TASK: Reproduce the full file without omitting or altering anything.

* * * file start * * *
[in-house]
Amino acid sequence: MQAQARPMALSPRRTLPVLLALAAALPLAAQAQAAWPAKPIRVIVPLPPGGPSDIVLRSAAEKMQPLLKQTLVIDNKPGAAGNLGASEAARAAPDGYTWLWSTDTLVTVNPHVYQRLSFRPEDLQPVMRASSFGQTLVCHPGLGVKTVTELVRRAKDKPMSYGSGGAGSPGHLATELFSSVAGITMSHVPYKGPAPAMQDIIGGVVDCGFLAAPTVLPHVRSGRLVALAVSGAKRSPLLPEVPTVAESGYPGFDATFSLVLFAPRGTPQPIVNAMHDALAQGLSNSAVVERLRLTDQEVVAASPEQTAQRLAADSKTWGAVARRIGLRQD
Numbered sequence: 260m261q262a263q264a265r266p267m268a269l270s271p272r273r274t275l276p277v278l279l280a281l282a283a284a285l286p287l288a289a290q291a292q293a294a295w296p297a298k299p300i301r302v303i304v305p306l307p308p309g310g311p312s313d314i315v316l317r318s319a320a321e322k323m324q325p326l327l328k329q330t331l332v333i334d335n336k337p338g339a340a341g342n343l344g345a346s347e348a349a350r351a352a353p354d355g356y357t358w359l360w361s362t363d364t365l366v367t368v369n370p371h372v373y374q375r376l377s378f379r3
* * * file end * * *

[in-house]
Amino acid sequence: MQAQARPMALSPRRTLPVLLALAAALPLAAQAQAAWPAKPIRVIVPLPPGGPSDIVLRSAAEKMQPLLKQTLVIDNKPGAAGNLGASEAARAAPDGYTWLWSTDTLVTVNPHVYQRLSFRPEDLQPVMRASSFGQTLVCHPGLGVKTVTELVRRAKDKPMSYGSGGAGSPGHLATELFSSVAGITMSHVPYKGPAPAMQDIIGGVVDCGFLAAPTVLPHVRSGRLVALAVSGAKRSPLLPEVPTVAESGYPGFDATFSLVLFAPRGTPQPIVNAMHDALAQGLSNSAVVERLRLTDQEVVAASPEQTAQRLAADSKTWGAVARRIGLRQD
Numbered sequence: 260m261q262a263q264a265r266p267m268a269l270s271p272r273r274t275l276p277v278l279l280a281l282a283a284a285l286p287l288a289a290q291a292q293a294a295w296p297a298k299p300i301r302v303i304v305p306l307p308p309g310g311p312s313d314i315v316l317r318s319a320a321e322k323m324q325p326l327l328k329q330t331l332v333i334d335n336k337p338g339a340a341g342n343l344g345a346s347e348a349a350r351a352a353p354d355g356y357t358w359l360w361s362t363d364t365l366v367t368v369n370p371h372v373y374q375r376l377s378f379r3